Is anyone willing to tear apart their * lens in the name of curiosity? I'm sure that there aren't that many parts...
05-07-2011, 05:20 AM   #10
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QuoteOriginally posted by waxsage Quote
I recently bought the K5 with the two WR kit lenses; 18-55 and the 50-200mm. Of these the 50-200 changes length when zoomed and the 18-55 does not appear to change length. However I am no expert about these things, so maybe you are right.
The 18-55WR doesn't change length very much. It's actually it's minimum overall length around the middle of the focal length range (~30mm) and it only expands about 3/8" at each end of the range.
05-07-2011, 10:18 AM   #11
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QuoteOriginally posted by hjb981 Quote
What happens with the air in a weather sealed camera + lens system when the lens is being zoomed? Air has to go in and out of the camera then, or a pressure difference would be created. Does anyone know how this happens? Perhaps there is a little vent hole, with a filter in it, or does air just slip by the seals?

There would be the same question for any compact camera - I have used compact cameras and carried them with me everywhere for years, and I have never had any occurrences of dust on the sensors in those, and they also must pump air since they have zoom lenses.

This question is purely out of curiosity .
Wow, you are lucky, every compact camera I owned eventually got dust inside until I got the Pentax Optio W's.
05-07-2011, 11:49 PM   #12
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QuoteOriginally posted by dgaies Quote
The 18-55WR doesn't change length very much. It's actually it's minimum overall length around the middle of the focal length range (~30mm) and it only expands about 3/8" at each end of the range.
You're quite right! I've been using the 50-200 for a few weeks and forgot about that change in length for the 18-55. Fortunately, no problems as far as I am aware about air-pumping issues, maybe because I haven't used it so much.

If someone had good hearing, I don't anymore, would they be able to hear the location of where the air equalises? Perhaps using a stethoscope...?
05-08-2011, 12:24 AM   #13
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Come on, WR lenses are weather resistant, not air tight!
05-08-2011, 01:30 AM   #14
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QuoteOriginally posted by sabarrett Quote
I wouldn't think the expansion/contraction issue would affect anything structurally, since we don't feel any resistance when zooming. If it were building that much, the lens would tend to suck back together and get shorter as we zoomed it longer. So that leads me to believe that the pressure/vacuum created would be being released somehow. I think this is the point of contention - HOW is it released, and if so, does that lead to a point where dirt/moisture can get in? I would hope, since these are designed to be water resistant lenses, that a method has been designed in that would filter the dust/moisture at a controlled location so it doesn't cause problems.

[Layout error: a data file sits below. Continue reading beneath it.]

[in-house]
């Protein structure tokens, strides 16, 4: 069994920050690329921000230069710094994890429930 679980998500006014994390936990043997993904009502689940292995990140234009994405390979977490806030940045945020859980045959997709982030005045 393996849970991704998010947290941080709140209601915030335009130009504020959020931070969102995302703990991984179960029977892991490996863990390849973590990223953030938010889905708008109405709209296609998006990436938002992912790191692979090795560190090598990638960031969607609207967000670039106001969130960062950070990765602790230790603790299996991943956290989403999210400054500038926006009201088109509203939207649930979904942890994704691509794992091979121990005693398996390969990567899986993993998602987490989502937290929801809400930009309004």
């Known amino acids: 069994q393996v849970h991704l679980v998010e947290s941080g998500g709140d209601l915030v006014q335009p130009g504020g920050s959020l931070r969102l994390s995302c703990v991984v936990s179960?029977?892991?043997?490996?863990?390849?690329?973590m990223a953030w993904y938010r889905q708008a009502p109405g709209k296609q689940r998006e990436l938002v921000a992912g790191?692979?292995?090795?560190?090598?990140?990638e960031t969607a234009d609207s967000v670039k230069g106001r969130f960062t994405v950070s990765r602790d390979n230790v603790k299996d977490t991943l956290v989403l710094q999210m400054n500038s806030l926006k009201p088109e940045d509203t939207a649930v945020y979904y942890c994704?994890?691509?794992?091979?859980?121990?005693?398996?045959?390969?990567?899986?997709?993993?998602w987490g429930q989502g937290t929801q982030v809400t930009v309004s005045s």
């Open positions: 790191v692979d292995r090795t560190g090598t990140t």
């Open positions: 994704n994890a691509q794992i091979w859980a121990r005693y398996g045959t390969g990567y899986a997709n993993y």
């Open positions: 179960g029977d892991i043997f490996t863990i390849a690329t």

Is anyone willing to tear apart their * lens in the name of curiosity? I'm sure that there aren't that many parts...
On my K10D I can feel air blowing out of the OK button when I zoom out with my 16-50mm. The weather-sealing is obviously not perfect, but I've used this setup in pretty adverse conditions without issues, so I'm happy with it.
05-08-2011, 01:06 PM   #15
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WR lenses are resistant to weather, meaning water and dust have a heck of a time getting in. It does not mean they are waterproof (therefore airtight) and can be submerged (without a housing anyway). There has to be some amount of air that comes from the outside of the lens, so long as the lens changes length. Perhaps internal zooming lenses are airtight, but if it extends, it's not. Easy way to check would be to take a DA* 50-135 and submerge it, it if bubbles, then its not airtight, though that'd be a colossal waste of a great lens as my money is on it bubbling... Any lens will eventually have a small amount of dust work its way inside, but usually on lenses such as these, the dust that gets inside will be too small to have an effect on optics and it will take longer for the dust to end up inside than on a not sealed lens.